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To heat packaged foodstuffs different techniques can be used like an autoclave or steam cabin. The packaged food is placed into a vessel and the surrounding medium is heated to pasteurisation and sterilisation temperature. This heats the product from the outside in.
Shaka® is one of the processes used to heat packaged foodstuffs. The packaged product is placed into an autoclave that is shaken with a firm, horizontal movement (figure 1). This shaking allows the heat to be distributed more quickly through the product, reducing the heating time with a factor 10 (figure 2).
Shaka® is best used for thin, fluid products like soups, juices and vegetables in water that are heated by conduction or convection.
Figure 3 shows two samples of Béchamel sauce. The sample on the left is treated with a rotating autoclave, the sample on the right is treated with Shaka. It is shown that the sample on the right has a better colour than the one on the left.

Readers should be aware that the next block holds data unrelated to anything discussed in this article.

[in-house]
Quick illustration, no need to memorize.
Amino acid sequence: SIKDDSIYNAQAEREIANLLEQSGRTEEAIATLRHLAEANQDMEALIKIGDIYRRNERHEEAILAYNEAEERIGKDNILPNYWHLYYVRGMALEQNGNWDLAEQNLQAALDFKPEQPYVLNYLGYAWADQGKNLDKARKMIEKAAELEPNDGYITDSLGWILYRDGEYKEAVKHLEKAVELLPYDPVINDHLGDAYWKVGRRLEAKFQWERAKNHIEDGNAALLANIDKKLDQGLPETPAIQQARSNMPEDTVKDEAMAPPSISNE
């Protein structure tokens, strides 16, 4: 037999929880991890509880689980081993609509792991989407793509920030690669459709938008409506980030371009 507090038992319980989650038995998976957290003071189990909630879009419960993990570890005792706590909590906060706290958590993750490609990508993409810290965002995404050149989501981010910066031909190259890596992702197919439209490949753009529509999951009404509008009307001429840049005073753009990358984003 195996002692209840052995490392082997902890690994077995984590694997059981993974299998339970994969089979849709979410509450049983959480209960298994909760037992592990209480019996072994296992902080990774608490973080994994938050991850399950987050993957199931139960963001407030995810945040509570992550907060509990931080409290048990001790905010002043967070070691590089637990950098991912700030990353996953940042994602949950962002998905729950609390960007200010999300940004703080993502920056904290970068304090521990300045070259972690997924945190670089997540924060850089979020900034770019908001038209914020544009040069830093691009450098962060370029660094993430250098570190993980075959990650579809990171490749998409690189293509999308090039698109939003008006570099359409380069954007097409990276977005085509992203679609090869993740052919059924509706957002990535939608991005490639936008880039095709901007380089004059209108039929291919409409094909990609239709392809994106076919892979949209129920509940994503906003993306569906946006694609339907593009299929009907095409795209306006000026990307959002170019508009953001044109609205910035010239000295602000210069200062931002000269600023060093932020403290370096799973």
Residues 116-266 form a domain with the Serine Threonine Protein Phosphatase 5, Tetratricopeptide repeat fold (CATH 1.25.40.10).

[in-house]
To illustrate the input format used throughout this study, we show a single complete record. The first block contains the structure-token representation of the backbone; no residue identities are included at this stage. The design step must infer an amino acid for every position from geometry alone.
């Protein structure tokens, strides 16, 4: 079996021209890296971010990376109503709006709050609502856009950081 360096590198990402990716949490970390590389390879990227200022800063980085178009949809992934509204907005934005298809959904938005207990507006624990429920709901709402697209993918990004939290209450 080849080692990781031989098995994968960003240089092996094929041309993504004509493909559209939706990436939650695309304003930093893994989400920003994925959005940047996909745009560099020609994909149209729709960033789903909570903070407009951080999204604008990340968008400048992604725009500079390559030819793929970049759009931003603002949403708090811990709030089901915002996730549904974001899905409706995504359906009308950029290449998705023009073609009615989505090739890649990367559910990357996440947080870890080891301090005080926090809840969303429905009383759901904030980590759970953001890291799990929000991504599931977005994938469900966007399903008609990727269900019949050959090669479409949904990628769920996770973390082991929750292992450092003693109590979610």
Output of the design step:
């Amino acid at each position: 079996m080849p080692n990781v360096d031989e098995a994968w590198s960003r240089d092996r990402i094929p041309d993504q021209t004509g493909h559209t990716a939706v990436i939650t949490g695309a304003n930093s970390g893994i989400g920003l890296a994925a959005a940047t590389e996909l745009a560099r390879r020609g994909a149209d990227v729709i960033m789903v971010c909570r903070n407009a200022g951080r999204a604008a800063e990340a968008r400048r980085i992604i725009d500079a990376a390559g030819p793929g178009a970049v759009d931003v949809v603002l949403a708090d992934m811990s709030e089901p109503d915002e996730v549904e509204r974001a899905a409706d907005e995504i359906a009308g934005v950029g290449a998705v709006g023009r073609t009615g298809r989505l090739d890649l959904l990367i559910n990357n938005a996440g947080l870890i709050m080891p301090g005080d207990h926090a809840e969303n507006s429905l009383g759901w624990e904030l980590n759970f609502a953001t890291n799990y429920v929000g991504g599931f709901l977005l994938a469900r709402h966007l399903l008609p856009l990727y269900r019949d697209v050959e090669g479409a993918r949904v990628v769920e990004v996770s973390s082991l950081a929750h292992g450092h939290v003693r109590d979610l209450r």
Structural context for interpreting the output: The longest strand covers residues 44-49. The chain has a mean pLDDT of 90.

Pros and Cons
- Hight sterilization temperatures without the risk of boiling over or burning the product
- Sterilization process is much quicker than the static, conventional processes
- The quick process results in energy saving of about 50%
- This technique can not be used for products with a high viscosity
Availability of machinery
Commercial Shaka-systems are available. As far Er zijn commerciële Shaka-systemen op de markt verkrijgbaar. Based on information available they are produced by Allpax Products Inc. (USA) and Steriflow SAS (France).
These companies provide in a pilot test possibility. Also a Shaka® proces pilot plant can be found at Campden BRI (GB).
Costs depend on the type of product to be treated.
Shaka-autoclave at the Anuga FoodTech 2012: